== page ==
Specific Communication: You must be specific, get right to the point of what you are trying to convey to them as their attention span is not long (see how long a vine, snap chat or IG lasts!).
Quality Communication: There must be substance or quality to your communication.
Attentive Communication: Your players deserve your 100% attention so do not text, type an email or talk on the phone when dealing directly with one of your players. Make them understand they are very important to you, by giving them all of your attention when communicating with them.
Intentional Communication: And finally being intentional, knowing what is going on in your players lives, knowing when they are struggling, wishing them good luck on a test or a happy birthday can go miles in having intentional communication with them.
The stronger your communication, the stronger the relationship you will build with your players and ultimately the stronger the relationship, the better chance you have to lead your players.
Have a Human Element as a Basketball Leader
Dr. Jeff Duke in his book, 3D Coaching, emphasizes the importance to “Allow players to see coaches away from the sport and personalize that relationship.” It is easy in today’s day and age to take ourselves too seriously. We can find ourselves barking out orders, firing out emails and creating to do lists for those around us to complete.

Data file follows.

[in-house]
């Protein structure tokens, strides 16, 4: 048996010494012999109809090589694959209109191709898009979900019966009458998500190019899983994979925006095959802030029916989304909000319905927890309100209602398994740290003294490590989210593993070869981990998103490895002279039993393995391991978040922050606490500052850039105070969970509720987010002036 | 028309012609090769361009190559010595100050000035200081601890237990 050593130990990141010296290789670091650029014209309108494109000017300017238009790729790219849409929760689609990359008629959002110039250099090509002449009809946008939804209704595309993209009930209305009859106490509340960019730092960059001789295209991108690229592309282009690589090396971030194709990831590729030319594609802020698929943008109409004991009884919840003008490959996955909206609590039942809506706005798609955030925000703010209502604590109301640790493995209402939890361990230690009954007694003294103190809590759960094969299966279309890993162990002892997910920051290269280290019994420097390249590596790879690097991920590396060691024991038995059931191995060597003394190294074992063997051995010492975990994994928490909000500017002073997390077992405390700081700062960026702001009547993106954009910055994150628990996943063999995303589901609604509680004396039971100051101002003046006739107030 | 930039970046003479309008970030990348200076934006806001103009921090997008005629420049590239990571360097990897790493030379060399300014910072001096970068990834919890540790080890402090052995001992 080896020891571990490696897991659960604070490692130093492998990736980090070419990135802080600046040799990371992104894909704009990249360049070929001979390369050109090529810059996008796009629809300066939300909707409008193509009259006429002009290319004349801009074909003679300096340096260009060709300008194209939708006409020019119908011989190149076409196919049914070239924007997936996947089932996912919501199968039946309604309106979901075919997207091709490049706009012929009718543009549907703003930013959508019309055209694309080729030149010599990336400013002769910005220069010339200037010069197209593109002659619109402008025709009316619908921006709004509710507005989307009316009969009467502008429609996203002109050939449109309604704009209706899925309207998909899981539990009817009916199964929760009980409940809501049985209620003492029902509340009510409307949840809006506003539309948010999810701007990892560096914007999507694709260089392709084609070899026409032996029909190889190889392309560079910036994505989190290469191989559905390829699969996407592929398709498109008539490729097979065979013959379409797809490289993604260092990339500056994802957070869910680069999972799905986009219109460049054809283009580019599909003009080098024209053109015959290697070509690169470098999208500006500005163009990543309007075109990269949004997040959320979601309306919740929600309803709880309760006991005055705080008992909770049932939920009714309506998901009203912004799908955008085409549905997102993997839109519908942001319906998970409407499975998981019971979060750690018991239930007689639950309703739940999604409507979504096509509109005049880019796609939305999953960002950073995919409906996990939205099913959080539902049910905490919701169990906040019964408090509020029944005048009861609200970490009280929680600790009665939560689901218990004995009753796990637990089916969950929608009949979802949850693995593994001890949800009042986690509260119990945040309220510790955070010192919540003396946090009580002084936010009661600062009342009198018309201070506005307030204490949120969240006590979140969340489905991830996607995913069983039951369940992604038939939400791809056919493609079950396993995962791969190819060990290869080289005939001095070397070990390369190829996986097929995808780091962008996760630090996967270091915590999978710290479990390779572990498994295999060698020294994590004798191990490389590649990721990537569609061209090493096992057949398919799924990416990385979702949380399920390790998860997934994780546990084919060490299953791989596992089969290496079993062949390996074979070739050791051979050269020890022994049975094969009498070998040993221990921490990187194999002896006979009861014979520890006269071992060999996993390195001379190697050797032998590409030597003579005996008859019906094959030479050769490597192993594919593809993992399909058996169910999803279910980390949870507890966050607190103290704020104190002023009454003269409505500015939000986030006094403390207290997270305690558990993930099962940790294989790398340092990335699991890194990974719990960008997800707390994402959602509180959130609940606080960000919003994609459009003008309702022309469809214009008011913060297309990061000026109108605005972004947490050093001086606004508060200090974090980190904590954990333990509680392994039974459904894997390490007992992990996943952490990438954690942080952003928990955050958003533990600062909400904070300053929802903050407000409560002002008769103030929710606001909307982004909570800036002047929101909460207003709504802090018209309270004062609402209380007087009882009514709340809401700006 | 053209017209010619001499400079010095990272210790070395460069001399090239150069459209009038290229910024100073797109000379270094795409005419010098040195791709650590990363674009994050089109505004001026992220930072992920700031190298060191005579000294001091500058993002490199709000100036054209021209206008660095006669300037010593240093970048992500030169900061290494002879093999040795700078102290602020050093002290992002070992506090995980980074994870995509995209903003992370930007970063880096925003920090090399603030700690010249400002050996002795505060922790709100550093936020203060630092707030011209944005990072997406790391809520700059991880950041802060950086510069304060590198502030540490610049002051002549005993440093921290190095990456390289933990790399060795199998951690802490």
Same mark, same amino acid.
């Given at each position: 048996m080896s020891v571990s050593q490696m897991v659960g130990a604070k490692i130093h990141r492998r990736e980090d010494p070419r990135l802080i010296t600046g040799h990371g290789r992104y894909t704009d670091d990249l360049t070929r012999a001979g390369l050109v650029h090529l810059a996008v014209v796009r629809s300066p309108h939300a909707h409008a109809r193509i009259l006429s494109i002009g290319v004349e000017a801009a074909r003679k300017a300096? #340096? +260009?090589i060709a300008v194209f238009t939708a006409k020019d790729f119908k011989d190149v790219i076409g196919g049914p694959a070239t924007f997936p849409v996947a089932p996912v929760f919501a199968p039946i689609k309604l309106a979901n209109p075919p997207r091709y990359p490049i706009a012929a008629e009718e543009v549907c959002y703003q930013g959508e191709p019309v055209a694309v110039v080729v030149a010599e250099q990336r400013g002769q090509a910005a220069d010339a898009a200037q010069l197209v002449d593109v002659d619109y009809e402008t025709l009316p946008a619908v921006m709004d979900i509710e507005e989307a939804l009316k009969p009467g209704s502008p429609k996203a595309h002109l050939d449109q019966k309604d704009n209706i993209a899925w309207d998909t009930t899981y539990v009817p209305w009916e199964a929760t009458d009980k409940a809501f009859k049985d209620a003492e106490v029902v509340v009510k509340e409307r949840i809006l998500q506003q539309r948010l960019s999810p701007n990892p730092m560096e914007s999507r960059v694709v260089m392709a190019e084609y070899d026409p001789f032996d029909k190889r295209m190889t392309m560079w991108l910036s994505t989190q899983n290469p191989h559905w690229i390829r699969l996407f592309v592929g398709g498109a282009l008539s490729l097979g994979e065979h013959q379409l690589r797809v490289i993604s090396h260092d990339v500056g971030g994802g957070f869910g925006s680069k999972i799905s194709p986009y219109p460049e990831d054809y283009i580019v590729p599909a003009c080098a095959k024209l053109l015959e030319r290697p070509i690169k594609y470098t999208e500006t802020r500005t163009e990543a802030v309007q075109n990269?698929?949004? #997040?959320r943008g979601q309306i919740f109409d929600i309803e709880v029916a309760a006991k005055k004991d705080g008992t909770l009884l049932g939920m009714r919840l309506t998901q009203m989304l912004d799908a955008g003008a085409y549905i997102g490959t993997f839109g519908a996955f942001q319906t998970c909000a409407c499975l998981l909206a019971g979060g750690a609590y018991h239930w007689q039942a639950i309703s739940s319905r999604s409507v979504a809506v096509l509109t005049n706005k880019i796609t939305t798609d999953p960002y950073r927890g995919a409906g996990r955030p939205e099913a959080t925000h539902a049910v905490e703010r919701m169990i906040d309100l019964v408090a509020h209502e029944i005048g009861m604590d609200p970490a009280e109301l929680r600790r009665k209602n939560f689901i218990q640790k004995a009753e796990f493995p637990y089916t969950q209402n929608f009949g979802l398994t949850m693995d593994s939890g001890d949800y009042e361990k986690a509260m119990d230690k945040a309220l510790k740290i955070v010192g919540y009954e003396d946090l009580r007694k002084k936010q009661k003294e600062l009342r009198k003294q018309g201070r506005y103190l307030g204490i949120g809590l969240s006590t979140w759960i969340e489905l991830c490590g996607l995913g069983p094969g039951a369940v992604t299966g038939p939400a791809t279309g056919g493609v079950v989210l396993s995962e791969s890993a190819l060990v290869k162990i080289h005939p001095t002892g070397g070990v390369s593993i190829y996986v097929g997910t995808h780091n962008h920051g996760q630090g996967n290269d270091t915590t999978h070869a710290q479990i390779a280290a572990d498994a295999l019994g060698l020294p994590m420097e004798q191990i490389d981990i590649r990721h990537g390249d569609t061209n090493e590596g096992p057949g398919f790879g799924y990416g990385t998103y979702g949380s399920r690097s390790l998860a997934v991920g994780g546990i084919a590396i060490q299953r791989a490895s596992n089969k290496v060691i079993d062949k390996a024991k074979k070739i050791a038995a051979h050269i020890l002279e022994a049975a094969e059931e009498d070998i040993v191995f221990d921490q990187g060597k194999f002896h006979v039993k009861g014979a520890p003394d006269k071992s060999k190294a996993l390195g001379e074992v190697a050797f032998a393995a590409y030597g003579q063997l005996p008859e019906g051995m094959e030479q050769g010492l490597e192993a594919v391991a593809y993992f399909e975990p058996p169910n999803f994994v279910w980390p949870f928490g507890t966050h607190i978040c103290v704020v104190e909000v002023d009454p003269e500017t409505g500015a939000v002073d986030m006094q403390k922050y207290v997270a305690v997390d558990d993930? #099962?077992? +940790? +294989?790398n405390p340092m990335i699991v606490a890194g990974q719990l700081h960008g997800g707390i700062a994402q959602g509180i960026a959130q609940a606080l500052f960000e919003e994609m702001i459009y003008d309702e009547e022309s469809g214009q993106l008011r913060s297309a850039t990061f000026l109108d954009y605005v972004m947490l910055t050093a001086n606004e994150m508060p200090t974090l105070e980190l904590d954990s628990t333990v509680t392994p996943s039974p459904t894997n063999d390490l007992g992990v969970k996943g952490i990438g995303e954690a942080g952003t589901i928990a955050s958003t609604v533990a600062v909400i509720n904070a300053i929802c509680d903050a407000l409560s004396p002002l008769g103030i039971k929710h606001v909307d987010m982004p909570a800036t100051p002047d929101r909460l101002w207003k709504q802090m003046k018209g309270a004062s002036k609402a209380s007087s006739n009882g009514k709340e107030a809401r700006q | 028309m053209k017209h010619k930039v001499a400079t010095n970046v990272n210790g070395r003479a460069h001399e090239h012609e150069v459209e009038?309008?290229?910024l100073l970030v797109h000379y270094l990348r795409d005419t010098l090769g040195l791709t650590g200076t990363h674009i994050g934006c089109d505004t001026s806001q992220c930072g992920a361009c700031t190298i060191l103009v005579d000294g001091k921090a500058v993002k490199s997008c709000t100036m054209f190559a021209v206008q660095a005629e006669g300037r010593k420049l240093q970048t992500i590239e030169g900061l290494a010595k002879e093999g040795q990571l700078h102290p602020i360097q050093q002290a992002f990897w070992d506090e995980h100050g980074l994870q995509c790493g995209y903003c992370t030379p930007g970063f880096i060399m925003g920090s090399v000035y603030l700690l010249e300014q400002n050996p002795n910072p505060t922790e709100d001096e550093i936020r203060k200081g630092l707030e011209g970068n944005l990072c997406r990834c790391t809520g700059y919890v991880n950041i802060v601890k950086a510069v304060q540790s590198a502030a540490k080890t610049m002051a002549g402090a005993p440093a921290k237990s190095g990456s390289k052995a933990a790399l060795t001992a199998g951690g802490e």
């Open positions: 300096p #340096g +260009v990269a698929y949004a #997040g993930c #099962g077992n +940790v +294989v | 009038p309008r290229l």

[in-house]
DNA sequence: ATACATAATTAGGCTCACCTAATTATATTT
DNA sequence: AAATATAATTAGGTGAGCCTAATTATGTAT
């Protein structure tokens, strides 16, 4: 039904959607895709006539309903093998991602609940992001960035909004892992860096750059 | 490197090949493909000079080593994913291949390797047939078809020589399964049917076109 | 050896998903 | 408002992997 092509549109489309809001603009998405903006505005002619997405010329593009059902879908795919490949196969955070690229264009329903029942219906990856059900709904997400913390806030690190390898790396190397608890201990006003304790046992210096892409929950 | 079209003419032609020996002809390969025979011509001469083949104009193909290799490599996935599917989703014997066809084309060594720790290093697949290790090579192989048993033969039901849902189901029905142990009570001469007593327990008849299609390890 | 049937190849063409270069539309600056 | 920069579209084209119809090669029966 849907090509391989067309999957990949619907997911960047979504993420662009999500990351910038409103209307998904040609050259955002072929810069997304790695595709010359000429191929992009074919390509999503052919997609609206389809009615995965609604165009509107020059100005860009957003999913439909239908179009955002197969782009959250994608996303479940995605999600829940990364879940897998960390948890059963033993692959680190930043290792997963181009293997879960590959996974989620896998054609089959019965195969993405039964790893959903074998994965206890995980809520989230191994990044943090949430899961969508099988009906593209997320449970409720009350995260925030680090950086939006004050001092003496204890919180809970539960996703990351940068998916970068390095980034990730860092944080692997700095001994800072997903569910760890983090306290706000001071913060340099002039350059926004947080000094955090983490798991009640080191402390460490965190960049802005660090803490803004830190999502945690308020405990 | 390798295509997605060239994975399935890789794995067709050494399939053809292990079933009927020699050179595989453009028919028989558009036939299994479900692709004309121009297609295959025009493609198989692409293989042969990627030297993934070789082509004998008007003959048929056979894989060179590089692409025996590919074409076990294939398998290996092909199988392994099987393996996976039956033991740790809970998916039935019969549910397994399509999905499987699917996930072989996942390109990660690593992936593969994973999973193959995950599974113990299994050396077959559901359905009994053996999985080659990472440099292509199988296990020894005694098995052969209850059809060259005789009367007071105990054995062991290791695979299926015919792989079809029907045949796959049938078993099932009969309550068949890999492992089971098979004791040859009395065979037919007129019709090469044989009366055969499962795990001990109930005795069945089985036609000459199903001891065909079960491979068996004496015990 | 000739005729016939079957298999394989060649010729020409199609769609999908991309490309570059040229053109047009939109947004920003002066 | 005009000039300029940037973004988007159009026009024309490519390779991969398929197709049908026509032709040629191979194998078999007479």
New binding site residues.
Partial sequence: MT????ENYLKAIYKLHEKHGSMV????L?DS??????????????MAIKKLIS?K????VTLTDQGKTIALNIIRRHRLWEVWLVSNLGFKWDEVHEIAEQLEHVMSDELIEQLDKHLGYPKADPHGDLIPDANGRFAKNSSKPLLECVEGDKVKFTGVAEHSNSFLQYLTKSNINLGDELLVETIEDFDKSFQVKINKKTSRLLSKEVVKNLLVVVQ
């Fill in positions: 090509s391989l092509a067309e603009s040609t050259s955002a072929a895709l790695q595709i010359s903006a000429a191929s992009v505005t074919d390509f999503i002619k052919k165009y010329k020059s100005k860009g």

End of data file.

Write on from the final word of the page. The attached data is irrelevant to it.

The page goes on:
While these are all certainly necessary elements of our profession, we must recognize those around us need to see us as truly human. One way to accomplish this is we must admit our mistakes. While our hearts are always in the right place, we are far from perfect coaches and we are prone to making mistakes (I make more mistakes than anyone reading this article!).
When we recognize our mistakes in front of those we lead, they see us in a different light. The players see that even the leader of the organization makes mistakes, and they also see we are ACCOUNTABLE to those mistakes. Once WE demonstrate accountability, then we are able to hold our players more accountable.
We can drive them harder to improve and get better, which is all our ultimate goal: to watch our players grow.
Others examples that we can have a more human element to our leadership is laughing at ourselves, spending time with our players outside of our work environment and having conversations with them about things outside of basketball. It has been our experience that those around us feel a stronger connection to their leader, when they see us in a more human light.